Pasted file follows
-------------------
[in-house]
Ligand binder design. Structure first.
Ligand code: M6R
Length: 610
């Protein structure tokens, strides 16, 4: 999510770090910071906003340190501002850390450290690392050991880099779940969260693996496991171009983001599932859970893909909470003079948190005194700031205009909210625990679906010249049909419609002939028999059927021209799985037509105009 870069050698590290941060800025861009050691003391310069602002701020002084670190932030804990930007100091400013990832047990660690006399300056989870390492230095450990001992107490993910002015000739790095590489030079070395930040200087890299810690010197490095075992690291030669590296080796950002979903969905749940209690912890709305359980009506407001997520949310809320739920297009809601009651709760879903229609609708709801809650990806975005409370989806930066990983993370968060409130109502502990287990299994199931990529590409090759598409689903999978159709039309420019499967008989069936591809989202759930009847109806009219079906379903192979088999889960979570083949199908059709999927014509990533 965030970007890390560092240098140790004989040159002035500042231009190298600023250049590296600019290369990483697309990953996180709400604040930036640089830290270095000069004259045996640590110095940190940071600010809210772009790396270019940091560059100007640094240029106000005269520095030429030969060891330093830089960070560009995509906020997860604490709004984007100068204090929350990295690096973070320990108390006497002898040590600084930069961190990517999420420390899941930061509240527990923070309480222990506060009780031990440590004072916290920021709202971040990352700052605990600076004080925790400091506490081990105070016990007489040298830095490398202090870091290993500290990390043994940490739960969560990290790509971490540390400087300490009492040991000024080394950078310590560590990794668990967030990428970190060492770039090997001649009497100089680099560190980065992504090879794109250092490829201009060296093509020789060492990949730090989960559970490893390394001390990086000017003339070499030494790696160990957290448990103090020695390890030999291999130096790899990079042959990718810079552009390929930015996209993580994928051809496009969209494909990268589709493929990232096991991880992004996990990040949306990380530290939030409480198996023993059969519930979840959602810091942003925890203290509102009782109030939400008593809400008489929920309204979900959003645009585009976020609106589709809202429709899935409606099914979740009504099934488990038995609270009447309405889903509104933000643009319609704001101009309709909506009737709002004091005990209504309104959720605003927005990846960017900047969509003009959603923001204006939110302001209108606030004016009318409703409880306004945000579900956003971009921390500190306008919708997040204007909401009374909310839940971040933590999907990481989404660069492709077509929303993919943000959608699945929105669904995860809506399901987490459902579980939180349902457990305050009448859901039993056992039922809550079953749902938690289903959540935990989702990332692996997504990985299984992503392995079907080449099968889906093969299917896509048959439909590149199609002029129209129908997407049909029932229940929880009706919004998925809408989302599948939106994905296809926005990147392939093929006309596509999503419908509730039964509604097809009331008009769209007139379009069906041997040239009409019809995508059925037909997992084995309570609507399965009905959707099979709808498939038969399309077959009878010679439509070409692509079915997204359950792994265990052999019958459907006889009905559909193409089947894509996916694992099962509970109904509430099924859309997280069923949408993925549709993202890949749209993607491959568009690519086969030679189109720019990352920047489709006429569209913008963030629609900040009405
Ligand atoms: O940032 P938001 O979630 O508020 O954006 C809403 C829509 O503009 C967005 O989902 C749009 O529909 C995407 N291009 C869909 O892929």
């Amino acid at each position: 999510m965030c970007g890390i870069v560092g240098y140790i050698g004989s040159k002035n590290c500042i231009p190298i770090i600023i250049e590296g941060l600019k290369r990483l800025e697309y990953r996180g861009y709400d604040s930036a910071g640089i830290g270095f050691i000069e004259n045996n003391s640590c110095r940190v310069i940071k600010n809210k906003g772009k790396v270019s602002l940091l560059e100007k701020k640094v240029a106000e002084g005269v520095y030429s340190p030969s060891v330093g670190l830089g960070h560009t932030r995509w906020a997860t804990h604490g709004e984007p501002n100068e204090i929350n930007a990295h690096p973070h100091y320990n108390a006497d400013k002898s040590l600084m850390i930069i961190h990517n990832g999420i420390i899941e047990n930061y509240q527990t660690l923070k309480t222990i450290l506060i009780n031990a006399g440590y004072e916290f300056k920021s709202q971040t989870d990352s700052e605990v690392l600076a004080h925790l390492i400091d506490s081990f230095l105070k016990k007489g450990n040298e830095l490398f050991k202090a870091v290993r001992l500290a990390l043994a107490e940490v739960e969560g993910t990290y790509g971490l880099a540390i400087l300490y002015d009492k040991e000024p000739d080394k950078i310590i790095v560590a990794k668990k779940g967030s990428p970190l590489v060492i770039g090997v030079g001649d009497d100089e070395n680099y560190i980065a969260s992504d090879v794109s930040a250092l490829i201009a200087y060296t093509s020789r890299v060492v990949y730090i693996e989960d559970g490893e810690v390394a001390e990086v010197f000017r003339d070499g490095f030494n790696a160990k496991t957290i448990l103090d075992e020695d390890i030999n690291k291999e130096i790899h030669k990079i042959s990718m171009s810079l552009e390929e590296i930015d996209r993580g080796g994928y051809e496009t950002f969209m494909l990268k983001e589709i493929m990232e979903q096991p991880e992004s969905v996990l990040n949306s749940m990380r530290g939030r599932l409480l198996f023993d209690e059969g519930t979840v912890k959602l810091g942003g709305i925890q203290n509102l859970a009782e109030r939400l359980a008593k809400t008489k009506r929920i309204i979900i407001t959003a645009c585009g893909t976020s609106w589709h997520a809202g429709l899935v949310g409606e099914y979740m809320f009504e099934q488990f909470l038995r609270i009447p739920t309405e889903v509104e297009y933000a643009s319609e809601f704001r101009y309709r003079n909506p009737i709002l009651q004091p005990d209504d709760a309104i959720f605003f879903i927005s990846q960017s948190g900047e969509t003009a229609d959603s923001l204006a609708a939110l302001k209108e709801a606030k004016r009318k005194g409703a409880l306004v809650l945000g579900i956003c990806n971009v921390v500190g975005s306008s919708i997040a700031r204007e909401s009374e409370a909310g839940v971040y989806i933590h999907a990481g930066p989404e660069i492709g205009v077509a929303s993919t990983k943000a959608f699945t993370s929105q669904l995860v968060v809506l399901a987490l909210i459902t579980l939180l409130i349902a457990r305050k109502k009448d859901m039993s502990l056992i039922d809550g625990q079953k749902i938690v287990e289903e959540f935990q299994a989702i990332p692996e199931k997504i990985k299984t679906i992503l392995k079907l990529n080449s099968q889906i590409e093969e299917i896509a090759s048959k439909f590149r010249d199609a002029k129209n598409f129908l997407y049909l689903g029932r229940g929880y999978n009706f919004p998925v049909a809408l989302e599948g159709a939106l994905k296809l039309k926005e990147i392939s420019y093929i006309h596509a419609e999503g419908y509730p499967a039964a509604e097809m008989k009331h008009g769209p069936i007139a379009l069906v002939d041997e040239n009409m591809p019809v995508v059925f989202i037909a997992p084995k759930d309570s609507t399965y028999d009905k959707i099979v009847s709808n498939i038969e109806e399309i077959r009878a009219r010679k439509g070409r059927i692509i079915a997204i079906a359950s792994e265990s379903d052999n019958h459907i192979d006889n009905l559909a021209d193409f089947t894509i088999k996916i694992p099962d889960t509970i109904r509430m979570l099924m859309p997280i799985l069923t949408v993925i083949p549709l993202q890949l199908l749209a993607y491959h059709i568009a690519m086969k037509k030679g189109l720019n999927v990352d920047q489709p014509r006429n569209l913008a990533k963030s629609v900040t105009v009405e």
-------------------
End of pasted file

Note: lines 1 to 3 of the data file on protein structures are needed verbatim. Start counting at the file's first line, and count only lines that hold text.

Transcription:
[in-house]
Ligand binder design. Structure first.
Ligand code: M6R